After a brief stop in Hawaii, the two carriers departed on April 30 and moved south to support USS Yorktown (CV-5) and USS Lexington (CV-2) during the Battle of the Coral Sea. Unable to reach the area in time, they diverted towards Nauru and Banaba before returning to Pearl Harbor on May 26. As before, the time in port was short as the Commander-in-Chief of the Pacific Fleet, Admiral Chester W. Nimitz ordered both Hornet and Enterprise to block a Japanese advance against Midway. Under the guidance of Rear Admiral Raymond Spruance, the two carriers were later joined by Yorktown.

With the beginning of the Battle of Midway on June 4, all three American carriers launched strikes against the four carriers of Vice Admiral Chuichi Nagumo's First Air Fleet. Locating the Japanese carriers, the American TBD Devastator torpedo bombers began attacking. Lacking escorts, they suffered heavily and Hornet's VT-8 lost all fifteen of its aircraft. The sole survivor of the squadron was Ensign George Gay who was rescued after the battle. With the battle progressing, Hornet's dive bombers failed to find the Japanese, though their compatriots from the other two carriers did with stunning results.

In the course of the fighting, Yorktown's and Enterprise's dive bombers succeeded in sinking all four Japanese carriers. That afternoon, Hornet's aircraft attacked the supporting Japanese vessels but with little effect. Two days later, they aided in sinking the heavy cruiser Mikuma and badly damaging the heavy cruiser Mogami. Returning to port, Hornet spent much of the next two months being overhauled. This saw the carrier's anti-aircraft defenses further augmented and the installation of a new radar set. Departing Pearl Harbor on August 17, Hornet sailed for the Solomon Islands to aid in the Battle of Guadalcanal.

Battle of Santa Cruz

Arriving in the area, Hornet supported Allied operations and in late September briefly was the only operational American carrier in the Pacific after the loss of USS Wasp (CV-7) and damage to USS Saratoga (CV-3) and Enterprise. Joined by a repaired Enterprise on October 24, Hornet moved to strike a Japanese force approaching Guadalcanal. Two days later saw the carrier engaged in the Battle of Santa Cruz. In the course of the action, Hornet's aircraft inflicted severe damage on the carrier Shokaku and heavy cruiser Chikuma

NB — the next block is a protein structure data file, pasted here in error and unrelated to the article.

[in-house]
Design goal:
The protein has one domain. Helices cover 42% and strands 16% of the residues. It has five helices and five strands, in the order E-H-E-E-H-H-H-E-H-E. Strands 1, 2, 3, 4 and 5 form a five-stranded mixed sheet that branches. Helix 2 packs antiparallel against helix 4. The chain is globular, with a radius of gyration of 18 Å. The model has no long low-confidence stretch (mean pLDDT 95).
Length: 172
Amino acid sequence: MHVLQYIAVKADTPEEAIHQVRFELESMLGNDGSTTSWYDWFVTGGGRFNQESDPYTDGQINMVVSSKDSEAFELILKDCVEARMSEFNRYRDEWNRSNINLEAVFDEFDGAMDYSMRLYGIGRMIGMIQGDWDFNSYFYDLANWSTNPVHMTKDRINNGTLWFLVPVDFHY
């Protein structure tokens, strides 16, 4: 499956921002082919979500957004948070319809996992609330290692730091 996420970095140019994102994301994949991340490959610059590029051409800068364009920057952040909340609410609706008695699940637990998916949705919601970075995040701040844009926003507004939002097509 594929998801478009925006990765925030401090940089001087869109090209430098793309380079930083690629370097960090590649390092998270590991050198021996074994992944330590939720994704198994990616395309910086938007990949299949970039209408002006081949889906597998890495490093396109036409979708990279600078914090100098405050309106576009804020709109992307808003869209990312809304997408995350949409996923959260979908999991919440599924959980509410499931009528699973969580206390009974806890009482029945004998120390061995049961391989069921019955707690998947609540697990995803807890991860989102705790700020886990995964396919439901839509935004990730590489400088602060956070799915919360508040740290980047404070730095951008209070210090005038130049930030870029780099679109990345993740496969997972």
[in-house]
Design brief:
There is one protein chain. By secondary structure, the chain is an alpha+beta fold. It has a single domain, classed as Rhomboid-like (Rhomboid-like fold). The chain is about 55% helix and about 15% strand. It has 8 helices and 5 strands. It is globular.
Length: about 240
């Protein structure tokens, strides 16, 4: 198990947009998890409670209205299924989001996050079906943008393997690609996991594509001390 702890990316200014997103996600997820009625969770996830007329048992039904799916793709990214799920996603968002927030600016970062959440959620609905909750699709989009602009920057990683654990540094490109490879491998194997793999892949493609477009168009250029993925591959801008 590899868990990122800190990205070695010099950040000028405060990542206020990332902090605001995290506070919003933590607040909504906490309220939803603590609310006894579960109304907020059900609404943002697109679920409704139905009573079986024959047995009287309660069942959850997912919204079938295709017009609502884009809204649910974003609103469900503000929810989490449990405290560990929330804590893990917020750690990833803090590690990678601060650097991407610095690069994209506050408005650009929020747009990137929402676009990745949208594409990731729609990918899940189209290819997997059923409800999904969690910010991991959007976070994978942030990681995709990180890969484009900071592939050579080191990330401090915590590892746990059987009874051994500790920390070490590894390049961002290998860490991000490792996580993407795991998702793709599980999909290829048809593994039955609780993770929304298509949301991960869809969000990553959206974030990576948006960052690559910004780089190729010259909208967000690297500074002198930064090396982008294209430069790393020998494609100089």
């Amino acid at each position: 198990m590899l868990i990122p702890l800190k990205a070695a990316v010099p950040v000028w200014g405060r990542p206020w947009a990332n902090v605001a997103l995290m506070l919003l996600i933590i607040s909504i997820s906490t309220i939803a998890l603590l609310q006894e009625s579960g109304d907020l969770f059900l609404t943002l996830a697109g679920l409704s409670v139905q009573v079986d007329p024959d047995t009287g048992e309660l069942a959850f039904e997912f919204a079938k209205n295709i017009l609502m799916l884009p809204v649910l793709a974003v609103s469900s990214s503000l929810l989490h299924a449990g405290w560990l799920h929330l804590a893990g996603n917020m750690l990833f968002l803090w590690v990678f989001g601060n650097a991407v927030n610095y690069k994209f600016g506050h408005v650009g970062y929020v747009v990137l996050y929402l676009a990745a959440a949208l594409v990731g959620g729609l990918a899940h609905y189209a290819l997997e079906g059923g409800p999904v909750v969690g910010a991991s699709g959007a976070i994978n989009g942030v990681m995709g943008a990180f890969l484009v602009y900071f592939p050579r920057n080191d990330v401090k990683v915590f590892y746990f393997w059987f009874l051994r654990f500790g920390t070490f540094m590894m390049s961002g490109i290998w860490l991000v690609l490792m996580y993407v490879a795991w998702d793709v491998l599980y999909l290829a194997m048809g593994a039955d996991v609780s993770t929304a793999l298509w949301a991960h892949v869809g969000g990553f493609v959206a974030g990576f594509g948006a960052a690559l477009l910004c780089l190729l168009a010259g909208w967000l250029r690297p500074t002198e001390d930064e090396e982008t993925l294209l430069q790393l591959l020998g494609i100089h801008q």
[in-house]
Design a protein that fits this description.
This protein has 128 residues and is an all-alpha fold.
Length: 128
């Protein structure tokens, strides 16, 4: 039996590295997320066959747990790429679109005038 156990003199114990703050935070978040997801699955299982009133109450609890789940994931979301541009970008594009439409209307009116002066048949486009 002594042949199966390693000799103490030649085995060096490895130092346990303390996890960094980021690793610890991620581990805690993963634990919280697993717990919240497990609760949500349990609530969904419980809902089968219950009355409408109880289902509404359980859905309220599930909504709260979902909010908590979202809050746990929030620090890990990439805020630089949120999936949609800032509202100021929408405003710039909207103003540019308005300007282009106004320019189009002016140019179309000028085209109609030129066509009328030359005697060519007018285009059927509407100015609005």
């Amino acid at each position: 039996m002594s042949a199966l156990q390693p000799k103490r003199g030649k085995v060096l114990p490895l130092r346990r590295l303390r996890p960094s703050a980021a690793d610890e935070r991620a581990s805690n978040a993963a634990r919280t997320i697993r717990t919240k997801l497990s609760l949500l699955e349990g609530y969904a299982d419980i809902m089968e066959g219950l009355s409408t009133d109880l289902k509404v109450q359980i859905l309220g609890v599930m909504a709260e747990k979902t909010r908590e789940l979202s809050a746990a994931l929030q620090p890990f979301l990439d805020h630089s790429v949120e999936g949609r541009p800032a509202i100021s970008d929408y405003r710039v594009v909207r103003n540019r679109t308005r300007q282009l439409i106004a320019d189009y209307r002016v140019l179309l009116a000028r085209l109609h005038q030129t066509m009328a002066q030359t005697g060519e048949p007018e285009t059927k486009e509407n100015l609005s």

USS Hornet at sea being attacked by Japanese aircraft.
USS Hornet under attack during the Battle of Santa Cruz, 1942. US Naval History & Heritage Command

These successes were offset when Hornet was struck by three bombs and two torpedoes. On fire and dead in the water, Hornet's crew began a massive damage control operation which saw the fires brought under control by 10:00 a.m. As Enterprise was also damaged, it began to withdraw from the area. In an effort to save Hornet, the carrier was taken under tow by the heavy cruiser USS Northampton. Only making five knots, the two ships came under attack from Japanese aircraft and Hornet was hit by another torpedo. Unable to save the carrier, Captain Charles P. Mason ordered abandon ship.

After attempts to scuttle the burning ship failed, the destroyers USS Anderson and USS Mustin moved in and fired over 400 five-inch rounds and nine torpedoes into Hornet. Still refusing to sink, Hornet was finally finished off after midnight by four torpedoes from the Japanese destroyers Makigumo and Akigumo which had arrived in the area. The last U.S. fleet carrier lost to enemy action during the war, Hornet had only been commission one year and seven days.

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Your Citation
Hickman, Kennedy. "World War II: USS Hornet (CV-8)." ThoughtCo, Apr. 5, 2023, Hickman, Kennedy. (2023, April 5). World War II: USS Hornet (CV-8). Retrieved from Hickman, Kennedy. "World War II: USS Hornet (CV-8)." ThoughtCo. (accessed June 2, 2023).